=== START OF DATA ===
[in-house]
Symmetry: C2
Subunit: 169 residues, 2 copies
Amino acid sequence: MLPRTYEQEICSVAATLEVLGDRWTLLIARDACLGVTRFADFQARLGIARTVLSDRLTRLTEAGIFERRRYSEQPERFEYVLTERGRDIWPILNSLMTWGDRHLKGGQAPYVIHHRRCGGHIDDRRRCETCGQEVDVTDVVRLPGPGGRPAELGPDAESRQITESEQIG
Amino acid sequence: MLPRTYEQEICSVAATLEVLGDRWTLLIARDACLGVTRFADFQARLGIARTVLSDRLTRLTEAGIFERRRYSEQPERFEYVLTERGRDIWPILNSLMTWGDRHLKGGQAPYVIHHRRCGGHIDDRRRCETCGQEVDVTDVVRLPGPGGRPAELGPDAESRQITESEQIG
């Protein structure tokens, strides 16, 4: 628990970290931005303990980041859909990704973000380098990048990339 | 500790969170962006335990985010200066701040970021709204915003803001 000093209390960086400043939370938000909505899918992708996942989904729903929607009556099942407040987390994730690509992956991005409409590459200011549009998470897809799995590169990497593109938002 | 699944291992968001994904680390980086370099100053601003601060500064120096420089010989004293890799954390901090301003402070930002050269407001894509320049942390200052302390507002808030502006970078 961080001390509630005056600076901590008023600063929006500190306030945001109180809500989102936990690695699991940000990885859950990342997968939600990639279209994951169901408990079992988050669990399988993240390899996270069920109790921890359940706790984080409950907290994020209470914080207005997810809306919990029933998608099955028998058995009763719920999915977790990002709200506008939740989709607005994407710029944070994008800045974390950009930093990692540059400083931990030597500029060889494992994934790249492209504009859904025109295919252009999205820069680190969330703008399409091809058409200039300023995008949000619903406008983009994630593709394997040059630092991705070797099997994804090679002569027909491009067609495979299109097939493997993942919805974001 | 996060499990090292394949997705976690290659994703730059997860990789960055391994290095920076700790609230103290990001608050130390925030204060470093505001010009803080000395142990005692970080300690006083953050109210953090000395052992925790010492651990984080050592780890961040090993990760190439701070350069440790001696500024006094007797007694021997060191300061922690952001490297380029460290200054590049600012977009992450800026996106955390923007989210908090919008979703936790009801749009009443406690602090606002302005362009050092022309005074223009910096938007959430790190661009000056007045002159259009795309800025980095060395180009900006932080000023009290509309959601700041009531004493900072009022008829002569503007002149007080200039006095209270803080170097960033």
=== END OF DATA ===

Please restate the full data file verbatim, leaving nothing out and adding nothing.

[in-house]
Symmetry: C2
Subunit: 169 residues, 2 copies
Amino acid sequence: MLPRTYEQEICSVAATLEVLGDRWTLLIARDACLGVTRFADFQARLGIARTVLSDRLTRLTEAGIFERRRYSEQPERFEYVLTERGRDIWPILNSLMTWGDRHLKGGQAPYVIHHRRCGGHIDDRRRCETCGQEVDVTDVVRLPGPGGRPAELGPDAESRQITESEQIG
Amino acid sequence: MLPRTYEQEICSVAATLEVLGDRWTLLIARDACLGVTRFADFQARLGIARTVLSDRLTRLTEAGIFERRRYSEQPERFEYVLTERGRDIWPILNSLMTWGDRHLKGGQAPYVIHHRRCGGHIDDRRRCETCGQEVDVTDVVRLPGPGGRPAELGPDAESRQITESEQIG
């Protein structure tokens, strides 16, 4: 628990970290931005303990980041859909990704973000380098990048990339 | 500790969170962006335990985010200066701040970021709204915003803001 000093209390960086400043939370938000909505899918992708996942989904729903929607009556099942407040987390994730690509992956991005409409590459200011549009998470897809799995590169990497593109938002 | 699944291992968001994904680390980086370099100053601003601060500064120096420089010989004293890799954390901090301003402070930002050269407001894509320049942390200052302390507002808030502006970078 961080001390509630005056600076901590008023600063929006500190306030945001109180809500989102936990690695699991940000990885859950990342997968939600990639279209994951169901408990079992988050669990399988993240390899996270069920109790921890359940706790984080409950907290994020209470914080207005997810809306919990029933998608099955028998058995009763719920999915977790990002709200506008939740989709607005994407710029944070994008800045974390950009930093990692540059400083931990030597500029060889494992994934790249492209504009859904025109295919252009999205820069680190969330703008399409091809058409200039300023995008949000619903406008983009994630593709394997040059630092991705070797099997994804090679002569027909491009067609495979299109097939493997993942919805974001 | 996060499990090292394949997705976690290659994703730059997860990789960055391994290095920076700790609230103290990001608050130390925030204060470093505001010009803080000395142990005692970080300690006083953050109210953090000395052992925790010492651990984080050592780890961040090993990760190439701070350069440790001696500024006094007797007694021997060191300061922690952001490297380029460290200054590049600012977009992450800026996106955390923007989210908090919008979703936790009801749009009443406690602090606002302005362009050092022309005074223009910096938007959430790190661009000056007045002159259009795309800025980095060395180009900006932080000023009290509309959601700041009531004493900072009022008829002569503007002149007080200039006095209270803080170097960033």